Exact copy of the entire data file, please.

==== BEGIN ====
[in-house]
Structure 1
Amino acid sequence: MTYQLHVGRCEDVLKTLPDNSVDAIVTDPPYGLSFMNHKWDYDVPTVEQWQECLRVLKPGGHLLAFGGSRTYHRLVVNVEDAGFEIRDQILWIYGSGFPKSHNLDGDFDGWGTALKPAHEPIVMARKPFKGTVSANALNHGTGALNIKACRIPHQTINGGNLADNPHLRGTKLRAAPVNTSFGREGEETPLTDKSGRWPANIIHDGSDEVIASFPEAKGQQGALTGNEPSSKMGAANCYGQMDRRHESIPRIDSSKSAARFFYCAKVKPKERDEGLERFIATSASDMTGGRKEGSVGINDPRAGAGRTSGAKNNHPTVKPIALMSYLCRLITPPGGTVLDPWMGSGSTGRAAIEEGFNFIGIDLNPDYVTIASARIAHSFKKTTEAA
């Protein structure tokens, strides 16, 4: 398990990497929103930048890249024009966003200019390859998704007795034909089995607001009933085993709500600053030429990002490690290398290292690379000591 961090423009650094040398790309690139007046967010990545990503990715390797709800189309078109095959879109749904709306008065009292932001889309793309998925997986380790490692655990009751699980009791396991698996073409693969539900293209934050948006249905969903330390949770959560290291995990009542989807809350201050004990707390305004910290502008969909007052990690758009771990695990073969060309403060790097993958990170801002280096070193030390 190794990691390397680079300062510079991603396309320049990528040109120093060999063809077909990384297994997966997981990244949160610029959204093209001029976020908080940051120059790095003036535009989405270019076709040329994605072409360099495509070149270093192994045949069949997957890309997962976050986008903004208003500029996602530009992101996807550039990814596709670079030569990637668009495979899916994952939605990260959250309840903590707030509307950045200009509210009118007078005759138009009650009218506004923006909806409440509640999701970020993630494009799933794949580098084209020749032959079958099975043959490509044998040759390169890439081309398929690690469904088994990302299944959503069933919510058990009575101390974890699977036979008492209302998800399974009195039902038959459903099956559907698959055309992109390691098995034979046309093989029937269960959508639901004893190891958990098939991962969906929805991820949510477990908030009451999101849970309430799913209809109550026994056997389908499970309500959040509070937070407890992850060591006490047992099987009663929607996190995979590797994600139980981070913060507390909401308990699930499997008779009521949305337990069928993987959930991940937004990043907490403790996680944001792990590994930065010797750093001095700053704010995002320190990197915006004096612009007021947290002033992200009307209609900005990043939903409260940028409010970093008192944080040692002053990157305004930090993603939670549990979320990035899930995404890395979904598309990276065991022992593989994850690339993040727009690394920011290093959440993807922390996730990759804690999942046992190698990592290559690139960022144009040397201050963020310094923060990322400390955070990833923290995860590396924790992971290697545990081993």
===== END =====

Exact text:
[in-house]
Structure 1
Amino acid sequence: MTYQLHVGRCEDVLKTLPDNSVDAIVTDPPYGLSFMNHKWDYDVPTVEQWQECLRVLKPGGHLLAFGGSRTYHRLVVNVEDAGFEIRDQILWIYGSGFPKSHNLDGDFDGWGTALKPAHEPIVMARKPFKGTVSANALNHGTGALNIKACRIPHQTINGGNLADNPHLRGTKLRAAPVNTSFGREGEETPLTDKSGRWPANIIHDGSDEVIASFPEAKGQQGALTGNEPSSKMGAANCYGQMDRRHESIPRIDSSKSAARFFYCAKVKPKERDEGLERFIATSASDMTGGRKEGSVGINDPRAGAGRTSGAKNNHPTVKPIALMSYLCRLITPPGGTVLDPWMGSGSTGRAAIEEGFNFIGIDLNPDYVTIASARIAHSFKKTTEAA
């Protein structure tokens, strides 16, 4: 398990990497929103930048890249024009966003200019390859998704007795034909089995607001009933085993709500600053030429990002490690290398290292690379000591 961090423009650094040398790309690139007046967010990545990503990715390797709800189309078109095959879109749904709306008065009292932001889309793309998925997986380790490692655990009751699980009791396991698996073409693969539900293209934050948006249905969903330390949770959560290291995990009542989807809350201050004990707390305004910290502008969909007052990690758009771990695990073969060309403060790097993958990170801002280096070193030390 190794990691390397680079300062510079991603396309320049990528040109120093060999063809077909990384297994997966997981990244949160610029959204093209001029976020908080940051120059790095003036535009989405270019076709040329994605072409360099495509070149270093192994045949069949997957890309997962976050986008903004208003500029996602530009992101996807550039990814596709670079030569990637668009495979899916994952939605990260959250309840903590707030509307950045200009509210009118007078005759138009009650009218506004923006909806409440509640999701970020993630494009799933794949580098084209020749032959079958099975043959490509044998040759390169890439081309398929690690469904088994990302299944959503069933919510058990009575101390974890699977036979008492209302998800399974009195039902038959459903099956559907698959055309992109390691098995034979046309093989029937269960959508639901004893190891958990098939991962969906929805991820949510477990908030009451999101849970309430799913209809109550026994056997389908499970309500959040509070937070407890992850060591006490047992099987009663929607996190995979590797994600139980981070913060507390909401308990699930499997008779009521949305337990069928993987959930991940937004990043907490403790996680944001792990590994930065010797750093001095700053704010995002320190990197915006004096612009007021947290002033992200009307209609900005990043939903409260940028409010970093008192944080040692002053990157305004930090993603939670549990979320990035899930995404890395979904598309990276065991022992593989994850690339993040727009690394920011290093959440993807922390996730990759804690999942046992190698990592290559690139960022144009040397201050963020310094923060990322400390955070990833923290995860590396924790992971290697545990081993």